I was asked by the Rav Hakadosh shlita my opinion in halachah and Torah on this matter, therefore I’m stating unequivocally my opinion that this tzaddik should continue in his ways performing the mitzvah with kedushah and taharah, and those who respect this will receive honor from Heaven…

—Letter from Rav Tzaddok HaKohein of Lublin to his close friend

Rav Leibel Eiger, circa 1864

The unusual trajectory of the life of Rav Leibel Eiger (1816–1888) was unforeseen at the outset. Scion of one of the most aristocratic rabbinical families in Europe, his illustrious father was Rav Shlomo Eiger. He grew up in Warsaw and later studied in the yeshivah in Pozen (Poznan) under his renowned grandfather Rav Akiva Eiger. Rav Leibel would later recall with yearning the years spent in the shadow of his grandfather, and expressed regret that he didn’t develop an even closer relationship with him. Following his marriage into a wealthy family in Lublin, he settled there and remained for the rest of his life.

As a youth in Warsaw, he had been a student of the city’s famous Torah scholar Rav Itche Meir, the future Chiddushei Harim of Gur, and under his sway was first exposed to chassidus. This was later reawakened when he was a young man living in Lublin, and he made the life-changing decision to travel surreptitiously to Kotzk.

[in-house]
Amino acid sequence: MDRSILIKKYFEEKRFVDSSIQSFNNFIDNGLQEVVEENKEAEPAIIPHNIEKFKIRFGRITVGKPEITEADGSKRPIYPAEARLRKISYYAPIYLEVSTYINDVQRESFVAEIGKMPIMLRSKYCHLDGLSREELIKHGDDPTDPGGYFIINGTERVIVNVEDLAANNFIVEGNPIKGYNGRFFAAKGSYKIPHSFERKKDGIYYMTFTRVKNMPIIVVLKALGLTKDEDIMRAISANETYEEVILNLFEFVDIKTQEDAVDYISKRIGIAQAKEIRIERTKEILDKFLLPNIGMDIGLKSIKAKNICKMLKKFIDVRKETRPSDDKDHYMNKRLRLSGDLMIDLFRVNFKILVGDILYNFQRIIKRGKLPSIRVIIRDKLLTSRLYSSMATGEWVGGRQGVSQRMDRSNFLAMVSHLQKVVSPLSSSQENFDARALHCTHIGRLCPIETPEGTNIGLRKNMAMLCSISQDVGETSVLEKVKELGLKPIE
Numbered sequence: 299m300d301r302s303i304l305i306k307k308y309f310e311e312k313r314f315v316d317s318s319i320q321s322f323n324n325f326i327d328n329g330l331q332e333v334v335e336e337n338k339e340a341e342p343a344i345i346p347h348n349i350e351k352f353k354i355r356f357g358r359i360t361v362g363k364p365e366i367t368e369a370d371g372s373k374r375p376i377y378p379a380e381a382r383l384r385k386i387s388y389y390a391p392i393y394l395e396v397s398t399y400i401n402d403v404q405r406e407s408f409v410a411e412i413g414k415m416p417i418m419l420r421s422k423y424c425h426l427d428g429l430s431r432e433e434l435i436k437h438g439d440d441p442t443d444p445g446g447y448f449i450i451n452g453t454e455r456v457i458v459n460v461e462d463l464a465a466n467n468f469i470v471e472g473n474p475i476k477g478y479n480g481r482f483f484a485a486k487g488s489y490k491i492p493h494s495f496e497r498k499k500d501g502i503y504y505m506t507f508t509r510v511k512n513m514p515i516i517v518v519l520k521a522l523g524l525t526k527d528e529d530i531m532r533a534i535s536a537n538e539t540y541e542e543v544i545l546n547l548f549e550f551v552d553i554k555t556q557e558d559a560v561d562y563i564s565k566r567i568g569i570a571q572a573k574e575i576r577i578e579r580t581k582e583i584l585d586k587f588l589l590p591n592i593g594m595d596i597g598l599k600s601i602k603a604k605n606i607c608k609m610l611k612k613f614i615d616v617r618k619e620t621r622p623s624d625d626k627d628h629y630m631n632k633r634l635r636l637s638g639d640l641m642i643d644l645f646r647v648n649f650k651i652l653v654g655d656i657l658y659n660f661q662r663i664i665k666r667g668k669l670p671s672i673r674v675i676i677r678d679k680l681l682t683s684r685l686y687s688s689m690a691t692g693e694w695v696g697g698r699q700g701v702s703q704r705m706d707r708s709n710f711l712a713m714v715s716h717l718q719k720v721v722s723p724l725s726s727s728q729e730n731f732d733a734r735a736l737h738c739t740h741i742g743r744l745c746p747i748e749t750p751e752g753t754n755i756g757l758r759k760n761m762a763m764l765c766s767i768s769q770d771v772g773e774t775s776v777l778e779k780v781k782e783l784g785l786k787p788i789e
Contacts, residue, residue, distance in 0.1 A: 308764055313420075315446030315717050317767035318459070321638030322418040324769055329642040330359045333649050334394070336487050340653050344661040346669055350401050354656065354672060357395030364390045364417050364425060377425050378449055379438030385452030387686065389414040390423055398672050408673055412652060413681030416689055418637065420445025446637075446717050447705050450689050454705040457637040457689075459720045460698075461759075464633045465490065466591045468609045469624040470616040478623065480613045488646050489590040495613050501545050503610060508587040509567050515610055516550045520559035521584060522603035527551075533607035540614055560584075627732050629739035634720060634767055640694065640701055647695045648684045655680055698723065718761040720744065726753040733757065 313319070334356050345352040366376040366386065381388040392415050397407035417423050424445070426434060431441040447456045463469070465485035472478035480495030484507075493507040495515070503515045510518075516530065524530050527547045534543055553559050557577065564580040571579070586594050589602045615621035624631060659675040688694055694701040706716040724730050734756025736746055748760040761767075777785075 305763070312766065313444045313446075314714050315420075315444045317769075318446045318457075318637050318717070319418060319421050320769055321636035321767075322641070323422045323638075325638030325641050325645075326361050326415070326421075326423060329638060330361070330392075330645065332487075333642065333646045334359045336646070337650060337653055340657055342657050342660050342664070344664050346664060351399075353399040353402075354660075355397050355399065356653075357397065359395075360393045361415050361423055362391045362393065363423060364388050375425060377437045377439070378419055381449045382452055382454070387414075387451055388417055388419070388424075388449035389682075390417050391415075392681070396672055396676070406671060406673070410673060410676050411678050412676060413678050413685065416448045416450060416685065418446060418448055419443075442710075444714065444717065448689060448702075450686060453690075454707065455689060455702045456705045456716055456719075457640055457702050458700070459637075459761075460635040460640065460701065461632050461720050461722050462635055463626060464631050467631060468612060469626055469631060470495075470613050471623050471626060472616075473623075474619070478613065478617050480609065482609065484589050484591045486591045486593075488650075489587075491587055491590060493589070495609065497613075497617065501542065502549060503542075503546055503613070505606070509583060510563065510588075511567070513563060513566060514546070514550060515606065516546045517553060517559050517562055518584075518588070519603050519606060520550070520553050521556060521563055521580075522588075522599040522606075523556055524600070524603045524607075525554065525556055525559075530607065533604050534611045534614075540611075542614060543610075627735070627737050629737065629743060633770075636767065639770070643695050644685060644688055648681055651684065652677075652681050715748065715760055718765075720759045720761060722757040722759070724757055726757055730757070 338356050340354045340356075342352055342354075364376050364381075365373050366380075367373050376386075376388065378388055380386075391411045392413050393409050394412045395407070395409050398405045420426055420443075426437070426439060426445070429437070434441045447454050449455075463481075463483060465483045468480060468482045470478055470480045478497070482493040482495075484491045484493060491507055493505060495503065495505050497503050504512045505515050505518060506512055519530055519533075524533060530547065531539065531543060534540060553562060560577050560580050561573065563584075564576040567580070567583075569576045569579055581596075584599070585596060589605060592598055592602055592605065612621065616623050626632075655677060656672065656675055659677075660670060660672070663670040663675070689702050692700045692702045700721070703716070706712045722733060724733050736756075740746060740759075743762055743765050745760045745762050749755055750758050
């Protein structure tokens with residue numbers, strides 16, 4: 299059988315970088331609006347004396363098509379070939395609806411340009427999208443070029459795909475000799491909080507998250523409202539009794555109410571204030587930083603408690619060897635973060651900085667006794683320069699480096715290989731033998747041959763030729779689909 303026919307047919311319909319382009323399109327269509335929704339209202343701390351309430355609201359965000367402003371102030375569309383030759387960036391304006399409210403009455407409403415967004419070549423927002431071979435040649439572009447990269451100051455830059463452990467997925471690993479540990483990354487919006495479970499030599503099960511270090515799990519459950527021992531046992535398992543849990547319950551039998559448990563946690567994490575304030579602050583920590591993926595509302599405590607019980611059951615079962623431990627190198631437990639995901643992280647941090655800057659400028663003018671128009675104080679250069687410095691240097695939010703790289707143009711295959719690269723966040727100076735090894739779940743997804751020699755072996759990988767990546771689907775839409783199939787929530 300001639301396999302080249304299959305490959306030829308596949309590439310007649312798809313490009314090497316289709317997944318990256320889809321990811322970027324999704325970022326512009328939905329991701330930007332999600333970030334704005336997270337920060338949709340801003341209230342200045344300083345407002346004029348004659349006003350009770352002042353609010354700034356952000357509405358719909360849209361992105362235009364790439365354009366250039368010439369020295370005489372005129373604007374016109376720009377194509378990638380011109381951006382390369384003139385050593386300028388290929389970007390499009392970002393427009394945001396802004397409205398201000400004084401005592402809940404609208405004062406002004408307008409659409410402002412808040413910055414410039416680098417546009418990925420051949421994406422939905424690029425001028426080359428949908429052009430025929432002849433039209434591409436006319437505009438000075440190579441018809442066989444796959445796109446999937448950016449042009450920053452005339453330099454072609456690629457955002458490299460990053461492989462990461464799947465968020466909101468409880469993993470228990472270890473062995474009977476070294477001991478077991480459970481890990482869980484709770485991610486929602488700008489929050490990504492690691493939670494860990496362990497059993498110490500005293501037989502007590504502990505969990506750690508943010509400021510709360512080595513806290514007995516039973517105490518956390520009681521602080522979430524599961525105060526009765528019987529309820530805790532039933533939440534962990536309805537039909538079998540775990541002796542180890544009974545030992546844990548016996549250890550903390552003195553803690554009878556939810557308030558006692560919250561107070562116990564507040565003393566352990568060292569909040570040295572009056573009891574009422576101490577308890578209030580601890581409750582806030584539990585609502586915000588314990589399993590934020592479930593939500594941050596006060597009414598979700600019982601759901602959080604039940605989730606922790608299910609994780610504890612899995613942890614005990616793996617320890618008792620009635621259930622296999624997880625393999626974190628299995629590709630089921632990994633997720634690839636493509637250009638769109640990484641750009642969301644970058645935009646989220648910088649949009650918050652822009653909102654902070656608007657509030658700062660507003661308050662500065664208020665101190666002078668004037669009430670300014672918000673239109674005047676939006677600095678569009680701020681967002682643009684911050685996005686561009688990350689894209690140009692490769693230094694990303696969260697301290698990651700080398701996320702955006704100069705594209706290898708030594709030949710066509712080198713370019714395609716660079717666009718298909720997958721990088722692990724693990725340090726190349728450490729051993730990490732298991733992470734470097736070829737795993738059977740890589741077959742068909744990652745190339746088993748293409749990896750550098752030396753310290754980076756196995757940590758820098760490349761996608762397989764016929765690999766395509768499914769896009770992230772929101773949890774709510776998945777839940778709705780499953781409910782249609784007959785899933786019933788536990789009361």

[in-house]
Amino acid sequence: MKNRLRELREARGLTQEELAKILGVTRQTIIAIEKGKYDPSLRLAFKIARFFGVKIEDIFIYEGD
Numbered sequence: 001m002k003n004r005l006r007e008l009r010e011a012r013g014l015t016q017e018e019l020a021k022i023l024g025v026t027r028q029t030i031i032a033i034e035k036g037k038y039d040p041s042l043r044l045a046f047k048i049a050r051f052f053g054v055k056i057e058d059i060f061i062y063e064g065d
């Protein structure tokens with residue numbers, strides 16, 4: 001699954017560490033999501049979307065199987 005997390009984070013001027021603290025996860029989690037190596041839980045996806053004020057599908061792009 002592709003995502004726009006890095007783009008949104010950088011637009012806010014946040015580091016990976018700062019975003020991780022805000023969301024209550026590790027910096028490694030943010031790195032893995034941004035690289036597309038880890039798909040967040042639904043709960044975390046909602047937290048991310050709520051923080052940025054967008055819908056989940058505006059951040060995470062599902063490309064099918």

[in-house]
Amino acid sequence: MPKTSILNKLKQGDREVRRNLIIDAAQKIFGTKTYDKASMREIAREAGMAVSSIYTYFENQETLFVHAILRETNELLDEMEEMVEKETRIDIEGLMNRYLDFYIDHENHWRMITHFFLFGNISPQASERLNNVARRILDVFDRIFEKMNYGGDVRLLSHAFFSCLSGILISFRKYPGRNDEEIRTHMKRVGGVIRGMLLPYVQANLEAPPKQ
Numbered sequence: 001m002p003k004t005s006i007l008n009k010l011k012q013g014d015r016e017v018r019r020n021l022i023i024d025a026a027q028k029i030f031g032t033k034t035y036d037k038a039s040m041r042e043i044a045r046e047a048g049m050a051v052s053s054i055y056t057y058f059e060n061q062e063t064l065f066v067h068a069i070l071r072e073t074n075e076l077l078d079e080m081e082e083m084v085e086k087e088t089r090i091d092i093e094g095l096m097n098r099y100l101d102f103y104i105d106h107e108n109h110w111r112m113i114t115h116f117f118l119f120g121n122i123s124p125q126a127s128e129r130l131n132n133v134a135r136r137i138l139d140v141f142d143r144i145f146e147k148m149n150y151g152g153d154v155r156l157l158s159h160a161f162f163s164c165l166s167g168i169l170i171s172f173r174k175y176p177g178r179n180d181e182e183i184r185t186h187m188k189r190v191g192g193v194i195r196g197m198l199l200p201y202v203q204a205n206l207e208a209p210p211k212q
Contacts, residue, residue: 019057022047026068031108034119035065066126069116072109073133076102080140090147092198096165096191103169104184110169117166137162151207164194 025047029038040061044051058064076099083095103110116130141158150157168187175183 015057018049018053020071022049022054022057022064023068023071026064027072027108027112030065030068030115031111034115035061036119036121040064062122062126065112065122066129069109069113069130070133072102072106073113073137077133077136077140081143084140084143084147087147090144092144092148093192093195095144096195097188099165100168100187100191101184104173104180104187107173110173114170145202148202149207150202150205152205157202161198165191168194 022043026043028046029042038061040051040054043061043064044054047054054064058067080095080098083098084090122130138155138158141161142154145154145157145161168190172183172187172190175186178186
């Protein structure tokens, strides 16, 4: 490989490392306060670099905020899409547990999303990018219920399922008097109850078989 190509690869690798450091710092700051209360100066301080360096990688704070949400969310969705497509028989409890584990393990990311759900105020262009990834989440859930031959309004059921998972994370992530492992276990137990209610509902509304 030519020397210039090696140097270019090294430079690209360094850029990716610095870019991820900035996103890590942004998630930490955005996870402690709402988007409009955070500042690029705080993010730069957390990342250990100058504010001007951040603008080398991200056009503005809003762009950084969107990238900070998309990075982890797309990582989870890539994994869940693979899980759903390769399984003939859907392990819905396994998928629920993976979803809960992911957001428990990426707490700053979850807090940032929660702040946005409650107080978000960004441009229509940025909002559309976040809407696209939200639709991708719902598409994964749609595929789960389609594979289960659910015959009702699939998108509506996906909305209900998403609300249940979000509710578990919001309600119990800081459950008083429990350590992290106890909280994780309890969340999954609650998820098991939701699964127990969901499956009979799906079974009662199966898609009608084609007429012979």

When Rav Leibele Eiger arrived in Kotzk for the first time, he was dressed befitting someone of his stature, in silk socks, a fur shtreimel, and an expensive cloak. Rav Hirsh Tomashover gave him the typical rough welcome that was customary in Kotzk, and relieved him of his shtreimel and cloak, which he proceeded to hand to another chassid, whom he instructed to purchase some whiskey with the proceeds of the sale of the clothing.

Rav Leibele complained about the treatment he received to the Kotzker, who then told Rav Hirsh to retrieve the clothing and return them to Rav Leibele. The Kotzker explained, “Either way, he won’t remain here for long.”